Portraits and Caricatures


A portrait is an artistic representation of a person as a sculpture, painting, photograph which expresses the person’s features and expressions. The purpose is to showcase the personality, likeness and even the mood and emotions of the person. So, in photography, a portrait isn’t a snapshot but a still and composed image which can portray the details filled with even the person’s emotions. For an engaging portrait, the person looks directly at the photographer or the painter.

Roman emperor, Augustus sent his portraits to far ends of his empire to strengthen his reign and authority, according to Brown.edu. During the Renaissance, the interest in portraitures flourished as people liked portraits of Henry 8 made by Hans Holbein. During the Dutch Golden Age, as the merchants grew they exhibited their economic success. Some renowned Dutch painters were Frans Hals or Rembrandt van Rijn who displayed their success and similar concepts. In 1800, the invention of photography made it possible for a wide segment of the population to afford portraits.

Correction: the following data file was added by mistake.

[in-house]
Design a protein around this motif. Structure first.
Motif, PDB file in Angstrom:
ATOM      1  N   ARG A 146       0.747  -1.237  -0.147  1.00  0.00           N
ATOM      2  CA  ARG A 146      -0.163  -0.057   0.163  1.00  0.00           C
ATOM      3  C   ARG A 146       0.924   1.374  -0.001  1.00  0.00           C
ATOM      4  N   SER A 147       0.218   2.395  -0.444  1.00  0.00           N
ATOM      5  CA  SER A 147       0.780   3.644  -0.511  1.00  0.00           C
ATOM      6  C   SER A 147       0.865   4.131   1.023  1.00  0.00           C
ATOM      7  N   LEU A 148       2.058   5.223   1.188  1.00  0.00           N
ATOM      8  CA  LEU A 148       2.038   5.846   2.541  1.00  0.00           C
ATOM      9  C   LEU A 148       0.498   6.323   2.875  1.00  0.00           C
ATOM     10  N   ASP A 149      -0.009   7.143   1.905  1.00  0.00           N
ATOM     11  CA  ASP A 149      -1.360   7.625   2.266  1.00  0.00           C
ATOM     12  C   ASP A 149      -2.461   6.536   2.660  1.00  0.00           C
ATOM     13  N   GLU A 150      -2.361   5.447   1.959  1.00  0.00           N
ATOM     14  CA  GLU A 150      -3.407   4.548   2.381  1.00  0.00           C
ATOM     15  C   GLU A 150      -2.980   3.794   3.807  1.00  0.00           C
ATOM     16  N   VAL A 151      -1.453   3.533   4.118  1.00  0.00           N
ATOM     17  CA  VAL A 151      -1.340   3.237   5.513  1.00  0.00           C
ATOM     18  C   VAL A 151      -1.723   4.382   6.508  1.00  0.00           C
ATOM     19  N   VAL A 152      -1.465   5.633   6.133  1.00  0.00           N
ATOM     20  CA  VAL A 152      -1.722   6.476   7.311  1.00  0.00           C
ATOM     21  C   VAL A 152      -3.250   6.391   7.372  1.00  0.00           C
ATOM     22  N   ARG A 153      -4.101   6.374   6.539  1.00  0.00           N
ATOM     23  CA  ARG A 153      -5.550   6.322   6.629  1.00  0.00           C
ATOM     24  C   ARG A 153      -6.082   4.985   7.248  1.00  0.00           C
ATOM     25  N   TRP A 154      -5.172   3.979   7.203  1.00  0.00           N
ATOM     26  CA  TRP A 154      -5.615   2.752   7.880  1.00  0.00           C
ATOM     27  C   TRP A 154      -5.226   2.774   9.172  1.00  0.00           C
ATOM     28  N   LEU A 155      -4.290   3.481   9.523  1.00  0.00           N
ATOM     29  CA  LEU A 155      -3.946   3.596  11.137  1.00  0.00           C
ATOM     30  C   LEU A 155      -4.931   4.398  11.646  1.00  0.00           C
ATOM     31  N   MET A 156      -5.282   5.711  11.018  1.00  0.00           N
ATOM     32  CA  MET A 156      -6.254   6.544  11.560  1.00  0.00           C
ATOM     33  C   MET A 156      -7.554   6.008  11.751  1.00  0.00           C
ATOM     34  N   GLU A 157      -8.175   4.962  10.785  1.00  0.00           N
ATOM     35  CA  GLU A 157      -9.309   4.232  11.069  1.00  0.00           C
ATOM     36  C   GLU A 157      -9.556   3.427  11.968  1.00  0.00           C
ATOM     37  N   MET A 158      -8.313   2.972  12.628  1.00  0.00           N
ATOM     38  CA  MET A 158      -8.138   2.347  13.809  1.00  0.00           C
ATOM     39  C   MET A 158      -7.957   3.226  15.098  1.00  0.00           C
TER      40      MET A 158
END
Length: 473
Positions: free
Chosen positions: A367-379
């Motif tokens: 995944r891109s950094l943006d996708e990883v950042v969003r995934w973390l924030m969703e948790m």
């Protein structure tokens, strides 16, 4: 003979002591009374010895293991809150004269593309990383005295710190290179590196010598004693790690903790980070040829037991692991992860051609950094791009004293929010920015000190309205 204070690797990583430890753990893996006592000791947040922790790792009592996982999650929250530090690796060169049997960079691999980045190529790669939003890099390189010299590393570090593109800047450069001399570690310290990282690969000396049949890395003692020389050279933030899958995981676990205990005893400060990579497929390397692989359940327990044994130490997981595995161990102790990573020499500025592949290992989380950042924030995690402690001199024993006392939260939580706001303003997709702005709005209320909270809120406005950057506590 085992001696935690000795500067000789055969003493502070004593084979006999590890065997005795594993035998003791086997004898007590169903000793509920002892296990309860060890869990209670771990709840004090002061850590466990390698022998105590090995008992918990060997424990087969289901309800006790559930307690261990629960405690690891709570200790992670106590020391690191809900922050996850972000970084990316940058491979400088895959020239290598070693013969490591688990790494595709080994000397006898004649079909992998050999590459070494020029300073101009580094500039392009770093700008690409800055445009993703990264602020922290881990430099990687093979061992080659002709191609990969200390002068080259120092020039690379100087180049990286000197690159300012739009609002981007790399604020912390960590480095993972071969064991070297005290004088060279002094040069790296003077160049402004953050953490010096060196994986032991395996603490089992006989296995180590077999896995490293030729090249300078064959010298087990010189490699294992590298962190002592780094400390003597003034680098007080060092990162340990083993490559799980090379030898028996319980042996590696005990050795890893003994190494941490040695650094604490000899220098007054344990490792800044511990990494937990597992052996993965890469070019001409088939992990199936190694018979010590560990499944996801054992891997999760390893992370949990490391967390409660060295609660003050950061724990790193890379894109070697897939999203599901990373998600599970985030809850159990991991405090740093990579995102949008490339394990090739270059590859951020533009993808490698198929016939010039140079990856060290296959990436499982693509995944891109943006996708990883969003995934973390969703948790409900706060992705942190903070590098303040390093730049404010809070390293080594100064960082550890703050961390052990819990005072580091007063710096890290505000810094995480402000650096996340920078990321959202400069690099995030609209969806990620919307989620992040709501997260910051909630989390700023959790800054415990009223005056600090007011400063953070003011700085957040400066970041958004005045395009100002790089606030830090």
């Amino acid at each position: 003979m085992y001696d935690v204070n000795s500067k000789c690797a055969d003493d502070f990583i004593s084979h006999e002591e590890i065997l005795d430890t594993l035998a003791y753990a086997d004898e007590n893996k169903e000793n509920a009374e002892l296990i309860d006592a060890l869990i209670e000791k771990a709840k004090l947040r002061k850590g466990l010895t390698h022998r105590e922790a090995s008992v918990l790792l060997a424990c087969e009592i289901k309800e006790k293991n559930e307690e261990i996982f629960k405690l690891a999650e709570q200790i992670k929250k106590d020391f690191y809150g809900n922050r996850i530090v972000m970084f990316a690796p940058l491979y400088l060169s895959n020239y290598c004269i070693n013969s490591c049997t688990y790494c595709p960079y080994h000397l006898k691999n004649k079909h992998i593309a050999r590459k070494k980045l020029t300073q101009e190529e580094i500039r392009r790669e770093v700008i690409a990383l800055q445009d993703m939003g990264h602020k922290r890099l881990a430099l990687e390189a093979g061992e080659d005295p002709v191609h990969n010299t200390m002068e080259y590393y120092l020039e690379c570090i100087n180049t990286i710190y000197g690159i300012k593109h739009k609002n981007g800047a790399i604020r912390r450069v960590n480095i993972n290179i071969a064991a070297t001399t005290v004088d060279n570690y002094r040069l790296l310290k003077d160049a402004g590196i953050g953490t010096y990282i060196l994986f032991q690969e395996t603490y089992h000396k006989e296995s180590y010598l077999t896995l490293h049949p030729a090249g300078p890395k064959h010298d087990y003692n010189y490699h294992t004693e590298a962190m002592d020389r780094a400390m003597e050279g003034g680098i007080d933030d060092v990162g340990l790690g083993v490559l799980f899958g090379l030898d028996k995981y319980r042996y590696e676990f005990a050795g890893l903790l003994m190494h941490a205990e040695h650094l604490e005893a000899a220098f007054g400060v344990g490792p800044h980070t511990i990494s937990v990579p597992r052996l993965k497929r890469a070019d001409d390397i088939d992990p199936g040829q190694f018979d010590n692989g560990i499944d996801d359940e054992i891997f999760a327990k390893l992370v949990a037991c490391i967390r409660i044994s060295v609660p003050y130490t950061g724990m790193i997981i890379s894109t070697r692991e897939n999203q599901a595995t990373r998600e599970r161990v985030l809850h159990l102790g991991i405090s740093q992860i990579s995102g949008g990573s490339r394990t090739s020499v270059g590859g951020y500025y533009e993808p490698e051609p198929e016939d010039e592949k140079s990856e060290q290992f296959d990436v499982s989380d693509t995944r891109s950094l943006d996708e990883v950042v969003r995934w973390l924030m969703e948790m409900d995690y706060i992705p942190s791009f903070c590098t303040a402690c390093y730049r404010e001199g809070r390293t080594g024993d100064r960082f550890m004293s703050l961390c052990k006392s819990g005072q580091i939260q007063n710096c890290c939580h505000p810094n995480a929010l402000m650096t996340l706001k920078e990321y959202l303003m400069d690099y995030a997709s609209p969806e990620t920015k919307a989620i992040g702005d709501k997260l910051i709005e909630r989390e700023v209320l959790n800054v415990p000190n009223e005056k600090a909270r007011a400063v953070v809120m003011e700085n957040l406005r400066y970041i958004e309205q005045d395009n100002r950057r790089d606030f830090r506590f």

Dating back to 9000 and 6000 BC in the pre-pottery Neolithic B period, in the ancient Levant, human skulls were reconstructed as plastered human skulls. It depicts some of the oldest forms of art in the Middle East and reveals how the prehistoric population took great care of their ancestors by burying them underneath their homes. These skulls indicate an example of the earliest sculptures in the history of art.

The early portraits were used to depict rulers rather than body features of the subject so that they’re idealized by the population. But some famous subjects as Akhenaten and other Egyptian pharaohs can be recognized by their distinctive features. Some of the earliest paintings which survived of people who were not rulers are Greco-Roman funeral portraits. The reason that those portraits survived was because of the dry weather of Egypt. These portraits seem to be the only ones which survived in the classical world apart from frescos.


It is the portrait of the artist himself which was common in the Middle Ages but if we go far back in history, the first self-portrait was by the Egyptian Pharoah Akhnaten’s sculptor Bak, who carved his and his wife Taheri’s portrait in 1365 BC. However, it seems like self-portraits go back to cave paintings which showcased the earliest art but they’re now lost.

Official Portrait

As the name suggests, it’s the official record of important personalities as governors, presidents, and kings. The portraits are decorated with official colors and symbols as coat of arms of countries, municipalities or states, flags, or presidential stripes. These portraits are also used as record for events and meetings.

Portrait Photography

One of the most common types of photography. Professional portrait photographers can capture the personalities and emotions of people in their portraits as they earn money through wedding photography, family photography sessions senior portraits and so on.